Selling Your Company? Consider Using a Business Broker

You know how to sell your product or service, but when it comes to selling your business itself, it generally is wise to seek professional help.

Selling your life's work is understandably emotional, but such sentiments can work against you during a sale. A business broker, serving as an intermediary between buyers and sellers, can navigate the complicated process, helping you achieve your financial sale goal while maintaining your peace of mind.

Business broker benefits

Utilizing the services of an experienced, professional business broker also allows you as owner to focus on running your business. This reduces the risk of business erosion during the sale process.

Among the services a business broker may offer during a sale are:

  • Help to improve certain factors in the business before it goes to market
  • Help an owner come up with a realistic value and asking price
  • Protect the identity of the owner and employees
  • Formulate a marketing plan for the sale
  • Identify good buyers
  • Help control negotiations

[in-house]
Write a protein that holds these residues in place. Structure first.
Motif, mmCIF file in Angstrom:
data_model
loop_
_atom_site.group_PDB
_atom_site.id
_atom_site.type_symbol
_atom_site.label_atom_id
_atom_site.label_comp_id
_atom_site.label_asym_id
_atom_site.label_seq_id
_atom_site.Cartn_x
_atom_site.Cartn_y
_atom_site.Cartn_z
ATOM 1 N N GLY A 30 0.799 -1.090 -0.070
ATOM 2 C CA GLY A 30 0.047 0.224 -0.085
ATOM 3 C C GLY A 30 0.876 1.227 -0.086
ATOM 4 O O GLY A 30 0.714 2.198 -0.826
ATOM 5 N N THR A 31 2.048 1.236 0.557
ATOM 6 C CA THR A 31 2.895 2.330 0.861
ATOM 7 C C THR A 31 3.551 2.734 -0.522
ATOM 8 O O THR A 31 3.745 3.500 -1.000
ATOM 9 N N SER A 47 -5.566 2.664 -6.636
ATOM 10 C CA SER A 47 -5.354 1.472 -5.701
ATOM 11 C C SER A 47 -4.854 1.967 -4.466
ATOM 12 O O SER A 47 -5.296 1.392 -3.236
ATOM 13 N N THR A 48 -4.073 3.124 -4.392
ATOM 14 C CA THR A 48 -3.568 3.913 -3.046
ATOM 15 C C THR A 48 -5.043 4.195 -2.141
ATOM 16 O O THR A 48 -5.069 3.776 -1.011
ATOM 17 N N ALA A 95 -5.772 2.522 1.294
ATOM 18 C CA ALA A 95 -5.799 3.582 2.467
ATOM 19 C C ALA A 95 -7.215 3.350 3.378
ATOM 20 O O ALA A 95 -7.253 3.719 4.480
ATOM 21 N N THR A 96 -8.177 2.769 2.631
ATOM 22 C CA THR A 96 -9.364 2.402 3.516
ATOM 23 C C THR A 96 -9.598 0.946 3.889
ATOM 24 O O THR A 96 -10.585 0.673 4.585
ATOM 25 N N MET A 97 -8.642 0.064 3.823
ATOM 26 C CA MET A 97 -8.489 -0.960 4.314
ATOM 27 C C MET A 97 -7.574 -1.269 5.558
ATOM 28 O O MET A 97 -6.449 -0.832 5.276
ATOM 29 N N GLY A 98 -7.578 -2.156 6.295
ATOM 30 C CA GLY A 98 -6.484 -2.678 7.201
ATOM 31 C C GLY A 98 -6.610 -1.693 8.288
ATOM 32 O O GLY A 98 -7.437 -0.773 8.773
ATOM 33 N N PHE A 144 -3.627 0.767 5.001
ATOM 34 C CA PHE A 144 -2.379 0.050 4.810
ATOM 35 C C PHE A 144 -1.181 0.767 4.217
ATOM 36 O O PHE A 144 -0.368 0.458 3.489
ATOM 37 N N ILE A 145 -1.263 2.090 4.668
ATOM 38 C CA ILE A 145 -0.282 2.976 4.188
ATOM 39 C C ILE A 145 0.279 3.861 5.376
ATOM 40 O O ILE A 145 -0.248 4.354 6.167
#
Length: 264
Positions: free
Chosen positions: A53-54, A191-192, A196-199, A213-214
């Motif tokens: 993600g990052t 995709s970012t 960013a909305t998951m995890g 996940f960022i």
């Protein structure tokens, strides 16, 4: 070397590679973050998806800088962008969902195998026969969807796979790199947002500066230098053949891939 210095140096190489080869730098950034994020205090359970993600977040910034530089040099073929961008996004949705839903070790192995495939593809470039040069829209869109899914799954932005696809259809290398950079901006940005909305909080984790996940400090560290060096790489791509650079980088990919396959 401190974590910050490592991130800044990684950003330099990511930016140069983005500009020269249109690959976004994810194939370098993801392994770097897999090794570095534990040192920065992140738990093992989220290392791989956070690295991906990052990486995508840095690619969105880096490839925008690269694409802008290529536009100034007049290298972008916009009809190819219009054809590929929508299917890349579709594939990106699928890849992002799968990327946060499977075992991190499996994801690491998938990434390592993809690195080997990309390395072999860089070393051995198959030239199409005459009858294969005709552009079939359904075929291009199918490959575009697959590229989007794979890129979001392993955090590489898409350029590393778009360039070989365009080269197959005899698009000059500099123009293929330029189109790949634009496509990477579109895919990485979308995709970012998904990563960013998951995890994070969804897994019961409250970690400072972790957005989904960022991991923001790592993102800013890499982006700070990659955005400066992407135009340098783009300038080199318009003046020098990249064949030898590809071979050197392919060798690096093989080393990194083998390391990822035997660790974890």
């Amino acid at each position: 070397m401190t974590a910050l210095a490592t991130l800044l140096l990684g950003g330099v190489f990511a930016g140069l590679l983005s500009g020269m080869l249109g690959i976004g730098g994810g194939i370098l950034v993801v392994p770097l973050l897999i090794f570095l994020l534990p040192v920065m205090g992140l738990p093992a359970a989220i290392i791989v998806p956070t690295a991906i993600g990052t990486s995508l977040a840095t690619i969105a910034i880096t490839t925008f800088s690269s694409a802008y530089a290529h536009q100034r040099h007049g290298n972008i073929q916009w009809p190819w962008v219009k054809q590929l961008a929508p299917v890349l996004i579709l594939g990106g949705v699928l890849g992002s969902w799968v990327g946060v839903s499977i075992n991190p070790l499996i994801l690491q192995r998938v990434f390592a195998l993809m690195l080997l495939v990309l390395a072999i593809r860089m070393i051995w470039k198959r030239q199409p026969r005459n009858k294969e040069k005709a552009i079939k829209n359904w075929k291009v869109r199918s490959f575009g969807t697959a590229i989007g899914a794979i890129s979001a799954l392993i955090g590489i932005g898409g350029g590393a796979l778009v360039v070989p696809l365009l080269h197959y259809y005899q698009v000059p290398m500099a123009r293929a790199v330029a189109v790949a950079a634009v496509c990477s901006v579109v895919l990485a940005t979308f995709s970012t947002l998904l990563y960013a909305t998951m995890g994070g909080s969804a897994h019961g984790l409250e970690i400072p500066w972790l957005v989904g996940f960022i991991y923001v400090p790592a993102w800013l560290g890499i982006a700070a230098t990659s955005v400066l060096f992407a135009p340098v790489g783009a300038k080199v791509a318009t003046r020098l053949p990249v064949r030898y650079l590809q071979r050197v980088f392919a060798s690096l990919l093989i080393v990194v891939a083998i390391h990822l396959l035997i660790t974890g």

• Provide good referrals to other professionals such as accountants, attorneys, lenders and wealth managers
  • Closing the deal

Vetting a business broker

Brokers can be a very worthwhile resource. Be aware, however, that anyone can call him- or herself a business broker.

Review a potential broker's list of recent deals and ask for references. When you speak with references, ask about the broker's level of various services. Get specific examples of how the broker helped the client. Also find out what the client wishes the broker had done differently.

Look for a broker experienced in buying and selling businesses. Examine the types of deals that the broker has closed over the last several years. Key questions to ask include:

  • Did the broker's recent transactions involve businesses similar to yours; for example, service firms with similar numbers of employees and revenue?
  • Is the broker experienced with your specific industry, especially if your firm is difficult to value using traditional metrics?
  • Will you primarily be working with the broker you have met, or will you be mainly corresponding with a junior member of the team?

Also review credentials. There are several certifications in the business broker world. We recommend providers that have taken the time to get and maintain a certification, which usually involves education, experience and ethics components.

Two designations to look for are the Certified Business Intermediary (CBI) and the Board Certified Broker (BCB). Both of these accreditations require several years' experience in the business brokerage industry, passage of a comprehensive exam, and completion of continuing education courses.

Putting as much care into selling your business as you did building it will yield the maximum value to you and your stakeholders.